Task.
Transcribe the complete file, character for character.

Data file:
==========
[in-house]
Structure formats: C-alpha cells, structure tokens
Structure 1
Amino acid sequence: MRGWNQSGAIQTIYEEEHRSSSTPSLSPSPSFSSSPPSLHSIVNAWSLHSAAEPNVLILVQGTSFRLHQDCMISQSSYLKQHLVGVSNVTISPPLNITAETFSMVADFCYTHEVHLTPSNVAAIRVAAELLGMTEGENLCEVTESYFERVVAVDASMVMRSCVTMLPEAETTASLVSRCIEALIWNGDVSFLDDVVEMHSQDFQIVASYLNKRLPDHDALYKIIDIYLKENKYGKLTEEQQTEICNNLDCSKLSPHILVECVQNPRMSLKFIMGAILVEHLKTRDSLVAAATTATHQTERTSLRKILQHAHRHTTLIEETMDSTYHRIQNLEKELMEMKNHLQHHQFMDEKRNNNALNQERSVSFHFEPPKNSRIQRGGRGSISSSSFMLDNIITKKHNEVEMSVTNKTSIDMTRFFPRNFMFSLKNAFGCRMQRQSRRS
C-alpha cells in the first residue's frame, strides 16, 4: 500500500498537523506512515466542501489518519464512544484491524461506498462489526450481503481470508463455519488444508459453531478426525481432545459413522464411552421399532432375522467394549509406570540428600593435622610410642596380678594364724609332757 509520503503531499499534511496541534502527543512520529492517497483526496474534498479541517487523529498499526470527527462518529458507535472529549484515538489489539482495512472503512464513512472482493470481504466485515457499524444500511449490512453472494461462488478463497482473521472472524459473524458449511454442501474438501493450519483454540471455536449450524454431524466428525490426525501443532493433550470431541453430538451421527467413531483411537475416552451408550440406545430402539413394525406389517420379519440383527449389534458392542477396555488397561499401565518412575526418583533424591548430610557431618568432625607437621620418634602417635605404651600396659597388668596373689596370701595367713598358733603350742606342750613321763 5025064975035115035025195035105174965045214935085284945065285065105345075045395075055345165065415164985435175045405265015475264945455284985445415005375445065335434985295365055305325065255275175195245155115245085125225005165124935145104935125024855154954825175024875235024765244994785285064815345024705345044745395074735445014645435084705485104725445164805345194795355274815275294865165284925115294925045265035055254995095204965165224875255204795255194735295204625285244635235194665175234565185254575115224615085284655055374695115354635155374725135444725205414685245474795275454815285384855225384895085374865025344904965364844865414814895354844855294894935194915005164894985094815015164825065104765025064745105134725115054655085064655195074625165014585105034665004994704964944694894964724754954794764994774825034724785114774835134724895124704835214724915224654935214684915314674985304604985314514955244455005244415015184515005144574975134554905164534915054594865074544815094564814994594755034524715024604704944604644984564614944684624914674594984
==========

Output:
[in-house]
Structure formats: C-alpha cells, structure tokens
Structure 1
Amino acid sequence: MRGWNQSGAIQTIYEEEHRSSSTPSLSPSPSFSSSPPSLHSIVNAWSLHSAAEPNVLILVQGTSFRLHQDCMISQSSYLKQHLVGVSNVTISPPLNITAETFSMVADFCYTHEVHLTPSNVAAIRVAAELLGMTEGENLCEVTESYFERVVAVDASMVMRSCVTMLPEAETTASLVSRCIEALIWNGDVSFLDDVVEMHSQDFQIVASYLNKRLPDHDALYKIIDIYLKENKYGKLTEEQQTEICNNLDCSKLSPHILVECVQNPRMSLKFIMGAILVEHLKTRDSLVAAATTATHQTERTSLRKILQHAHRHTTLIEETMDSTYHRIQNLEKELMEMKNHLQHHQFMDEKRNNNALNQERSVSFHFEPPKNSRIQRGGRGSISSSSFMLDNIITKKHNEVEMSVTNKTSIDMTRFFPRNFMFSLKNAFGCRMQRQSRRS
C-alpha cells in the first residue's frame, strides 16, 4: 500500500498537523506512515466542501489518519464512544484491524461506498462489526450481503481470508463455519488444508459453531478426525481432545459413522464411552421399532432375522467394549509406570540428600593435622610410642596380678594364724609332757 509520503503531499499534511496541534502527543512520529492517497483526496474534498479541517487523529498499526470527527462518529458507535472529549484515538489489539482495512472503512464513512472482493470481504466485515457499524444500511449490512453472494461462488478463497482473521472472524459473524458449511454442501474438501493450519483454540471455536449450524454431524466428525490426525501443532493433550470431541453430538451421527467413531483411537475416552451408550440406545430402539413394525406389517420379519440383527449389534458392542477396555488397561499401565518412575526418583533424591548430610557431618568432625607437621620418634602417635605404651600396659597388668596373689596370701595367713598358733603350742606342750613321763 5025064975035115035025195035105174965045214935085284945065285065105345075045395075055345165065415164985435175045405265015475264945455284985445415005375445065335434985295365055305325065255275175195245155115245085125225005165124935145104935125024855154954825175024875235024765244994785285064815345024705345044745395074735445014645435084705485104725445164805345194795355274815275294865165284925115294925045265035055254995095204965165224875255204795255194735295204625285244635235194665175234565185254575115224615085284655055374695115354635155374725135444725205414685245474795275454815285384855225384895085374865025344904965364844865414814895354844855294894935194915005164894985094815015164825065104765025064745105134725115054655085064655195074625165014585105034665004994704964944694894964724754954794764994774825034724785114774835134724895124704835214724915224654935214684915314674985304604985314514955244455005244415015184515005144574975134554905164534915054594865074544815094564814994594755034524715024604704944604644984564614944684624914674594984